Reply Vote I'm Undecided
  • How is that any different than "side loading" applications?

    Looks like a duck, quacks like a duck...
    Reply Vote I'm for Yes
    • Probably the trust aspect

      If you can set up a company store where all available apps are trusted (after appropriate testing, presumably), the IT people are more likely to be willing to work with it.
      Third of Five
      Reply Vote I'm Undecided
  • Not a solution

    The real reason people bring their own device is because of the employers restricting their employees sometimes to such an extent they forced to use external channels to do their work, or just to feel connected to the outside world. So now we are going back to it?
    Reply Vote I'm for No
  • I voted yes but I am not sure that it applies to all enterprises.

    I work for a major Midwestern university and for many years we have had a website whose sole purpose is to deliver to students any software for which the university holds an enterprise-wide license. Of course, a university environment represents the epitome of BYOD but the premise is the same. In light of the explosion of BYOD devices, whether or not the institution needs something more attuned to the needs of individual devices is a different question.

    Most BYOD devices already have access to an OS-dependent app store so enterprise-specific apps are often better served through the vendors app store than through an enterprise-specific app store.

    Still, I think the time is coming when BYOD will require the enterprise to make industry-specific applications available through such an app store mechanism and whether or not OS vendors allow the enterprise to connect to the device via an enterprise app store or whether the enterprise is forces to use Google Play, or the Apple AppStore remains to be seen. Microsoft has already said they will permit the enterprise to "side-load" their own apps.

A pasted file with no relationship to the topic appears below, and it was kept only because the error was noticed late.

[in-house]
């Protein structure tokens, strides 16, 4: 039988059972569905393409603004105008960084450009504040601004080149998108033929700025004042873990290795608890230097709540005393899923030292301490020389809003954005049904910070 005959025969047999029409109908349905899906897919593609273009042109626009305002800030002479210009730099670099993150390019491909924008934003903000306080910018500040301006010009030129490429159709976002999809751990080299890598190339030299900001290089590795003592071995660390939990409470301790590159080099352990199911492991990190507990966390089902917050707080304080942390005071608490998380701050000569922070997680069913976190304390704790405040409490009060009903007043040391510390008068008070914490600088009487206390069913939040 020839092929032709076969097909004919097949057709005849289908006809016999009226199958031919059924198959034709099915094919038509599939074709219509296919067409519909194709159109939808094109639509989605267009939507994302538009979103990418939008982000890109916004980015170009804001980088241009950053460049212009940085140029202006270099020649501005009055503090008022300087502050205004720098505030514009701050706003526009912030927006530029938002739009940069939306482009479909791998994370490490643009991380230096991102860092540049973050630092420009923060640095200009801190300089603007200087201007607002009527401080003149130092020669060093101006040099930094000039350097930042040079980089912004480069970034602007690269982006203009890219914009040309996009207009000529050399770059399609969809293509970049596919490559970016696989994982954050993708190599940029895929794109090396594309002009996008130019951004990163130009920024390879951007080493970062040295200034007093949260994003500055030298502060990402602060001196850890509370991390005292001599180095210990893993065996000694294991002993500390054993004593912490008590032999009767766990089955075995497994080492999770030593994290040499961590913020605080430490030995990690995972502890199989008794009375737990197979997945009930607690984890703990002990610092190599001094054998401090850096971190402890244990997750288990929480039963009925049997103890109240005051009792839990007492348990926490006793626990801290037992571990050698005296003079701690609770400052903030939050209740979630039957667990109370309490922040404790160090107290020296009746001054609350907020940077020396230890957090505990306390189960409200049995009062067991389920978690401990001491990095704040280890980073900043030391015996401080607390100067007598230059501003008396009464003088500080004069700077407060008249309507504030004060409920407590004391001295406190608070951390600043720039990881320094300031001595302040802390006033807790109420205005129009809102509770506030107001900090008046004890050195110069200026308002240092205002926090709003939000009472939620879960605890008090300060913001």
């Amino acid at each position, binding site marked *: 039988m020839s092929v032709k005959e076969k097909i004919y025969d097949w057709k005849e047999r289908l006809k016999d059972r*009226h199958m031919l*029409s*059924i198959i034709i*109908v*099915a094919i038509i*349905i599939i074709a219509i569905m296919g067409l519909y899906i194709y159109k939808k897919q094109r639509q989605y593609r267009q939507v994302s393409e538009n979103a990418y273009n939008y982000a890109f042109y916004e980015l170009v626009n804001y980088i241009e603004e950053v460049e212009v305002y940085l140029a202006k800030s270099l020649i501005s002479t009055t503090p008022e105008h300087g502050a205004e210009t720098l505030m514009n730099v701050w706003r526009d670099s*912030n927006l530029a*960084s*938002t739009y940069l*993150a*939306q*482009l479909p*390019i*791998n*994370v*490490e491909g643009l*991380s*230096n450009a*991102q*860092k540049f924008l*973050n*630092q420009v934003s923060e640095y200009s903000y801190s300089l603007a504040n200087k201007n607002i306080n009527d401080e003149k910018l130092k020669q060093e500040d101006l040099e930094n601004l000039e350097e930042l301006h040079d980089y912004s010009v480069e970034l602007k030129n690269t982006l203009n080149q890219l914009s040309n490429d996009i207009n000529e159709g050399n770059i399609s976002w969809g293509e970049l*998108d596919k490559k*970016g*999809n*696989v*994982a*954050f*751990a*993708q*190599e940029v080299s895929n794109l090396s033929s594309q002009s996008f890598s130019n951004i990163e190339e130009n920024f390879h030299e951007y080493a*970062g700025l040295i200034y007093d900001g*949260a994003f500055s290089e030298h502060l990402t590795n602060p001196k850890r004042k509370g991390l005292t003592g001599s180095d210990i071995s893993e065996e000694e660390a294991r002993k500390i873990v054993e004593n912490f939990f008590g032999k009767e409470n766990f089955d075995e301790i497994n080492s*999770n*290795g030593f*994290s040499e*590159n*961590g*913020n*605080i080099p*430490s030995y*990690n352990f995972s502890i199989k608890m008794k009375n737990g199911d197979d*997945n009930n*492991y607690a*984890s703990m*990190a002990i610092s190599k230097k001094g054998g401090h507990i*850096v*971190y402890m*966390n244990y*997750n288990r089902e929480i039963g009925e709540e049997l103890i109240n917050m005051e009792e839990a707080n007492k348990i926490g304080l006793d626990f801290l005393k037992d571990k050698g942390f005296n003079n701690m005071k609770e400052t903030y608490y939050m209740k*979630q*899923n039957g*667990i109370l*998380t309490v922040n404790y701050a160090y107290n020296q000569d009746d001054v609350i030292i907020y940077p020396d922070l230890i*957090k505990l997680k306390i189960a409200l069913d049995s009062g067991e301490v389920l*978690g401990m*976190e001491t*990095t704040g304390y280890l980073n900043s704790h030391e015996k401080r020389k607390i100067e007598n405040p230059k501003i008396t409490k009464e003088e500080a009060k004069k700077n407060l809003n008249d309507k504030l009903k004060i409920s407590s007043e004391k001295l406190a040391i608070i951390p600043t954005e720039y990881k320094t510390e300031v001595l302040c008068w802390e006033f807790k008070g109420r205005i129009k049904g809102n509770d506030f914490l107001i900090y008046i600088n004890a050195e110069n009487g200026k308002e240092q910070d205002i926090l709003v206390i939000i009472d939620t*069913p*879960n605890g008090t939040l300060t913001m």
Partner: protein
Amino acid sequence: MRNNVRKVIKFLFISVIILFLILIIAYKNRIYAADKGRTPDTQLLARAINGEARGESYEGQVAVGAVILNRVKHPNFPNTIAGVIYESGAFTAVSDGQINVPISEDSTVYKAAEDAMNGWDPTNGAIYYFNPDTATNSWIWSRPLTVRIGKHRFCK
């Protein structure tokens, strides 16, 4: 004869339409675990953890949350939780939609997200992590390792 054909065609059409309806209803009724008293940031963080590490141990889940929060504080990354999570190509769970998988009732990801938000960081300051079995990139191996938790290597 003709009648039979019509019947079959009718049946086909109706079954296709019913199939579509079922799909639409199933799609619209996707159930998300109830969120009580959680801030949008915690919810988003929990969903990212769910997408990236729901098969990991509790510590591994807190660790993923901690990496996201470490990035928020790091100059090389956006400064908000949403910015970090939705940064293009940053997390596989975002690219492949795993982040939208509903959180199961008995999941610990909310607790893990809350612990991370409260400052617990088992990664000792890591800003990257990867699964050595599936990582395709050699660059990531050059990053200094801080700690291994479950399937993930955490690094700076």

M Wagner
    Reply Vote I'm for Yes
  • blackberry does this, hello

    I'm surprised you don't know or didn't mention that blackberry 10 devices have their own enterprise app store. In fact blackberry has had this for years. They never seem to get credit where deserved.
    Reply 1 Vote I'm for Yes
    • BES 10

      Yes, and BES 10 can do that for Android 2.2>, iOS 4>, BB 10, and PlayBook 2.x devices.


      That was easy.
      Reply 1 Vote I'm Undecided
  • Not even on the table...unless we can remove what we want when we want.

    Simply by connecting to our corporate network with your own device reserves us the right to wipe the phone when it is believed that something installed is a security risk. What is a security risk? Who monitors them? How many new FTEs for all of that? Do the user's feel comfortable granting this kind of control of their own device to their employer?

    The opening statement sounds nice but not for personal devices. If you are restricted to apps only provided by your company then shouldn't it be a company device managed by the company?

    If you connect your existing phone using vpn to your company network have you read the company policies? Ah, thats why that app has the access it does!
    Reply Vote I'm for No
    • Not even....

      Many FTEs want to use their own devices particularly remote workers and road warriors that want light or feature rich devices. Selective wipe is a reality and a corp responsibility in BYOD scenarios.

      Any half-@$$ IT department can monitor & automate Alerts to users and move the users access to a GUEST status in a highly secure DMZ. Skills and grey-matter is all that stands in the way.
      Reply Vote I'm Undecided
    • What makes you think

      we need to connect to your network. We are the knowledge workers who create the content. If you do not serve us we will move our content to other servers and dismiss you.
      Reply 1 Vote I'm Undecided